The Edelweiss Pirates

Ayub Khan
Parker and Snell Youth Company
theSpace on the Mile

The Edelweiss Pirates

Not every youth in Nazi Germany was a member of the Hitler Youth. There was a group of teenagers who were opposed to the government that called themselves The Edelweiss Pirates and the young company of Parker and Snell Youth Company convincingly tell their story.

It’s inventively presented with narrators, using torches, sitting in the audience as they reveal some of the horrific facts concerning the horrendous fate of the million of Jews who were exterminated in the death camps.

This group of deviant youngsters were regarded as criminals by the Gestapo as they produced leaflets and daubed walls with anti-war graffiti but also provided safe refuge for some Jewish children.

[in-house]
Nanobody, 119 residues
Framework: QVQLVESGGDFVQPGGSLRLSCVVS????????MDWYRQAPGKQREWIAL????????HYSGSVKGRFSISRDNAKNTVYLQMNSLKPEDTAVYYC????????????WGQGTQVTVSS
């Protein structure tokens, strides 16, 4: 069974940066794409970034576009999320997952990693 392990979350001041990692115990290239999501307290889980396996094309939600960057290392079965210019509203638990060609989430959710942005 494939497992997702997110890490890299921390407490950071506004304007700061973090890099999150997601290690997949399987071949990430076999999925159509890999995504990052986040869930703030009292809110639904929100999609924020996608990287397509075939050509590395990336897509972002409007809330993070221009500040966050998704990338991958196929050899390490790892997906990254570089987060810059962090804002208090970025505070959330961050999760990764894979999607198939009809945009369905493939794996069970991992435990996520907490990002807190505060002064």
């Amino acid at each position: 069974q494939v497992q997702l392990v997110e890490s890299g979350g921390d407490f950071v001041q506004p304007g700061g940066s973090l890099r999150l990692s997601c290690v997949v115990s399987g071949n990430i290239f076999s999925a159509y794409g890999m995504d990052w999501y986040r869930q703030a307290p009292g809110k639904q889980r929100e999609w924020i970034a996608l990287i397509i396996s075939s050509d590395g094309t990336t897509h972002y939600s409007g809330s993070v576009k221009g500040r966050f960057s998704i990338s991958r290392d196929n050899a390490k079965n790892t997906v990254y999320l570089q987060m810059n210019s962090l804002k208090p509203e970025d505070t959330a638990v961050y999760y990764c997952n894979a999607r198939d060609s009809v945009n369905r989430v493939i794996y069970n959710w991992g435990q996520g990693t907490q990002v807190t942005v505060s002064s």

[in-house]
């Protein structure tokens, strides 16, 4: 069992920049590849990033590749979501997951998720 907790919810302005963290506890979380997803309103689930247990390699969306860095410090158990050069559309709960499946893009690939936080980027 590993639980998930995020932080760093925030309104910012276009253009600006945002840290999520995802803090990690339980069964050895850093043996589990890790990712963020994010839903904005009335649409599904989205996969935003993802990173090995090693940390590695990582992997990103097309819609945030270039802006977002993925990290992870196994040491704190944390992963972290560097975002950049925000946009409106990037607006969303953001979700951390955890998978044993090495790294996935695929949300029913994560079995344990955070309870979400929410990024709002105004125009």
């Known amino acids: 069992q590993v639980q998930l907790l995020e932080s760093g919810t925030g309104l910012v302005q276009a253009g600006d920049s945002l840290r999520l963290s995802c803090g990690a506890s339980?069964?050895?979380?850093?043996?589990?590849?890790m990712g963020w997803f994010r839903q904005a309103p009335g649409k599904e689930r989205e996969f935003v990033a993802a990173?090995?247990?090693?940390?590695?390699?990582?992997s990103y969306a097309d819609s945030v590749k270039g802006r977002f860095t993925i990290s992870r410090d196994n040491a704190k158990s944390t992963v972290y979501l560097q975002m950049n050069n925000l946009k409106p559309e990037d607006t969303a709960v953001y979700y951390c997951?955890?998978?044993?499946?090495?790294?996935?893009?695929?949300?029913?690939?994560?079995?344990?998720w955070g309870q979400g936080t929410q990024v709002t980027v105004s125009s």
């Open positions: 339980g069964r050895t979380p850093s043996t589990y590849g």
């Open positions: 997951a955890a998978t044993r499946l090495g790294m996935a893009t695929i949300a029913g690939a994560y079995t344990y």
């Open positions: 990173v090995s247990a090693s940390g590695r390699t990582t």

The young cast perform with conviction the story of how they were forced into hiding and many had to reject their pro-Nazi parents' beliefs.

Things take a turn for the worst when Jewish Benjiman meets a German deserter Rutger in the flat resulting in a powerful scene of violence and prejudice.

It’s simply staged, made more powerful by the intimate atmosphere, and is somewhat uncomfortable viewing as we learn about the clothing warehouse where clothes from the Jews were offered to the poor German citizens, much to their slowly realised horror of where they came from.

The dramatic ending is incredibly moving and brought a tear to eye.

A thoughtful and impressive production.

Reviewer: Robin Strapp

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